Thursday, October 28, 2010

Book-A-Day 2010 # 267 (10/28) -- Two Unofficial Guides to Walt Disney World by Sehlinger and Testa

This is the fifth and last Book-A-Day entry to cover guidebooks to the tourist traps of Orlando; I write this about ten days before the family heads out, though the post itself will go up sometime later. (You'll excuse me if I keep my vacation plans vague, when writing for an unknown, public audience.) The previous four were: 192, 214, 224, and 240 --and, yes, I did rather overdo it this year. On the other hand, I've been trying to read books wholesale to keep Book-A-Day going, and these worked nicely both as grist for that mill and to help actual vacation planning [1]

The two books here are among the very few I considered my "main" vacation planning tools, which may seem backwards, since I got to them last. (And I do have to admit that I'd done most of the serious planning this year -- dates, hotels, airfare, etc. -- before I dove into the guidebooks.) But this is the Hornswoggler family's third year straight at The Mouse, and I've used the current edition of The Unofficial Guide Walt Disney World each year, so I think I've internalized a lot of authors Bob Sehlinger and Len Testa's ideas by this point anyway, and that I just read the books to remind myself of the things I already know and to jog my memory about what worked or didn't work in the parks last year. (Or what things we didn't get to, or thought the boys wouldn't enjoy yet.)

The Unofficial Guide is massive (850 pages), comprehensive, irreverent, honest, indispensable -- and as scientific as a guide to a bunch of theme parks possibly can be. Unlike most guides, which are written by a single person or small team, behind this book is an Unofficial army, including a statistician, child psychologist, Disney historian, and phalanxes of data collectors, writers, hotel inspectors, proofreaders, and general factotums. It will be too much book for some people, I suppose -- particularly the terminally disorganized and the folks who think making any plans interferes with their special secret snowflake status -- but, if you believe in doing things right if you're going to do them at all, and if you'd prefer not to spend too much money doing it, there's really no alternative.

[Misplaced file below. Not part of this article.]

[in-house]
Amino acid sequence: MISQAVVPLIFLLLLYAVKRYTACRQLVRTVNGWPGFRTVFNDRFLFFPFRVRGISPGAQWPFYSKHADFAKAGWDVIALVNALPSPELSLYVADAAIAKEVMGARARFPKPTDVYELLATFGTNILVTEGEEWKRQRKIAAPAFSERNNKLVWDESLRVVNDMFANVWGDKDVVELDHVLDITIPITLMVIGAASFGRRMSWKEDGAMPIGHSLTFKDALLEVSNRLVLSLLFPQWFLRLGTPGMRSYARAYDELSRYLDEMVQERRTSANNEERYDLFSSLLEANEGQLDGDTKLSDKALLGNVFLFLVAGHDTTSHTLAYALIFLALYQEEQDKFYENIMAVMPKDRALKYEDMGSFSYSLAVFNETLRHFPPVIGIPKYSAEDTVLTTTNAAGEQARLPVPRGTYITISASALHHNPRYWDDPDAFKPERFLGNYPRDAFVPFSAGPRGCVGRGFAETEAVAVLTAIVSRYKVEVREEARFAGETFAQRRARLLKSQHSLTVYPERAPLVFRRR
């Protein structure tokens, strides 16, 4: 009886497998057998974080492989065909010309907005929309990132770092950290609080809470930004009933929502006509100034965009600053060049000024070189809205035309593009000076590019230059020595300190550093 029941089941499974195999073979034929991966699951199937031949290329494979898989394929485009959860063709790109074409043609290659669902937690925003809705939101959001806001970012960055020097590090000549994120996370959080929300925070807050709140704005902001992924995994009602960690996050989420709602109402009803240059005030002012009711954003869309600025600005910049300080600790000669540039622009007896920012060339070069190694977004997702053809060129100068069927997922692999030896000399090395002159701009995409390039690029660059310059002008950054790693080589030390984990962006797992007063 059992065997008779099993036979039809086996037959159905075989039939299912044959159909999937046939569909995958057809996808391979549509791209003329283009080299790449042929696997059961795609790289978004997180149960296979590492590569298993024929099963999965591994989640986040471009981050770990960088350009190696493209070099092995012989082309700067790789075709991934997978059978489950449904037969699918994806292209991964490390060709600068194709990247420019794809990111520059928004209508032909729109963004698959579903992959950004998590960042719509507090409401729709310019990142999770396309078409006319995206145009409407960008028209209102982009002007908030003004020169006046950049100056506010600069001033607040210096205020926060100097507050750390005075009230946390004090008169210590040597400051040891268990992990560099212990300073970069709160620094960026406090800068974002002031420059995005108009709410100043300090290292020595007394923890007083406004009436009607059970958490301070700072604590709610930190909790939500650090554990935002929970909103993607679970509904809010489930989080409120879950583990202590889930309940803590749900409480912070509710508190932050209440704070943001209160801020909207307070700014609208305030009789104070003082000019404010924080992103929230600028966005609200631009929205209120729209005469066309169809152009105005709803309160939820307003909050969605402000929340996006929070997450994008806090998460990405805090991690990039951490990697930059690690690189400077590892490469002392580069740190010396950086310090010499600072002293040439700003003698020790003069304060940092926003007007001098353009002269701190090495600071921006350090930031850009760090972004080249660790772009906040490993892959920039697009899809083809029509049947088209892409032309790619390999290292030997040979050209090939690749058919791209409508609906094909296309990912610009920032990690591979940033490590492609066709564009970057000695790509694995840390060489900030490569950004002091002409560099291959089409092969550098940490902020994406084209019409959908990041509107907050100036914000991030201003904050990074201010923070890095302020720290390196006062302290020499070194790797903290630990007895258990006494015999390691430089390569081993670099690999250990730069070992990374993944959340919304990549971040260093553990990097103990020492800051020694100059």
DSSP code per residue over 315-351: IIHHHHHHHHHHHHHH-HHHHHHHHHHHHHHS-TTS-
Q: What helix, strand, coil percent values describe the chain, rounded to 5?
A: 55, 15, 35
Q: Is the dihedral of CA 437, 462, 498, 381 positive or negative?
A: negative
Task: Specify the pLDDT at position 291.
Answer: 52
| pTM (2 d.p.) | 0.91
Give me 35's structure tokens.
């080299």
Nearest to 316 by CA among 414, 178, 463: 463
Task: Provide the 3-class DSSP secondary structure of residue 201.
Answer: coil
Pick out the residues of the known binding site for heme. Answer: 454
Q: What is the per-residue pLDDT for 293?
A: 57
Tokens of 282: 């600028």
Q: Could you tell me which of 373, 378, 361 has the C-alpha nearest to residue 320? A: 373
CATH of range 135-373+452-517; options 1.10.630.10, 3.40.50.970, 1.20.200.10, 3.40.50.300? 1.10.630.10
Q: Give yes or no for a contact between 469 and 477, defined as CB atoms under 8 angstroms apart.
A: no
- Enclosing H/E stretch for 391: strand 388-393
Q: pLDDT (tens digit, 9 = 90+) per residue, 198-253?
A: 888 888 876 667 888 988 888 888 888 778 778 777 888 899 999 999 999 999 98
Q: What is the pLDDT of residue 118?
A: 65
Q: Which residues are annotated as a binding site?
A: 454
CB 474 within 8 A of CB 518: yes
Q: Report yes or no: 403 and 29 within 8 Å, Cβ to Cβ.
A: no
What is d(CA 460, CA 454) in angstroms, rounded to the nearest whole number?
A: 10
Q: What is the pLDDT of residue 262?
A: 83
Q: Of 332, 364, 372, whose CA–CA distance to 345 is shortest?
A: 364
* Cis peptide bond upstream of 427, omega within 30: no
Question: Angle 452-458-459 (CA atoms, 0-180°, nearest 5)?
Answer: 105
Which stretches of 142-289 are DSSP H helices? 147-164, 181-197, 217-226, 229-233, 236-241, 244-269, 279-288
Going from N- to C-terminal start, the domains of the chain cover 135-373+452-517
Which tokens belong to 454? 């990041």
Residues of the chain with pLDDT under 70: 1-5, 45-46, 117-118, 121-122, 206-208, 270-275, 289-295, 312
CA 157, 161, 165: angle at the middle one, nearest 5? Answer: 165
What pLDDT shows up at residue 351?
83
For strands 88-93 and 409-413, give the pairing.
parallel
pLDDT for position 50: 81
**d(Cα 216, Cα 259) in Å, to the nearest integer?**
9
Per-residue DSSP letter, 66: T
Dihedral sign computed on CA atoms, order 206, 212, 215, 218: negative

This is a book to buy about a year before your proposed vacation, since it will walk you through all of your options: time of year, days of the week, travel choices, housing possibilities, and all of the little details of getting to Orlando and getting comfortable there. (There's four hundred pages of book before Sehlinger and Testa even get down to the all-important topic of dining, let alone the park attractions.) Since the Unofficial Guide is an annual, a lot of this information doesn't change radically -- though hotels can get better or worse over time, so caveat reservationer -- and so you could probably get a library copy for the early going.

But, in the end, if you're going to WDW, you'll probably want to bring a copy of the Unofficial Guide along. It will probably stay in your room most of the time -- did I mention this book is big? -- but you'll find yourself scanning it before heading off to the parks in the morning or ripping out the touring plans in the back to shove in your pocket. It's best feature is its comprehensiveness -- whether you're researching hotels, restaurants, or rides, it will give you as much information as you can handle (and maybe more, for some of you) and rank everything based on both the author team's objective analysis and the reports from thousands of past guests.

The other notable aspect of the Unofficial books is their tone. Most guide books are written in a neutral (not to say flat) style, describing the scenery without any color commentary. The Unofficial books do muster massive quantities of data, but they also make value judgements, have clear preferences and have been known to use sarcasm. If you demand that your guidebooks consist primarily of lists of phone numbers and prices, this may not be for you.

New this year is The Color Companion to Walt Disney World, which I suspect may have been inspired by The Complete Walt Disney World, a full-color guidebook I covered in #240. Like Complete, Color Companion aims to be a smaller (350ish pages) guide with the same scope but, obviously less depth of coverage.

It has a lot of the same information as the big book -- just condensed, and without a lot of the commentary and details. On the positive side, it adds 560 photos -- and a couple of bursts on the covert to make sure browsers don't miss them -- which help a lot to show what things actually look like. You could definitely use this as an on-vacation reference, and it has enough detail to be useful for planning, particularly for repeat visitors. The photography is all good, if sometimes a bit pedestrian -- I do have to give Complete a slight edge in that department -- and it does its job: you'll have a better sense of what the parks and hotels look like after reading this book.

So: I promise there will be no more books about tourist traps for the duration of Book-A-Day (which is just under another hundred days at this point).

[1] As I've said before, it's a poor man who has only one reason for doing something.

Book-A-Day 2010: The Epic Index

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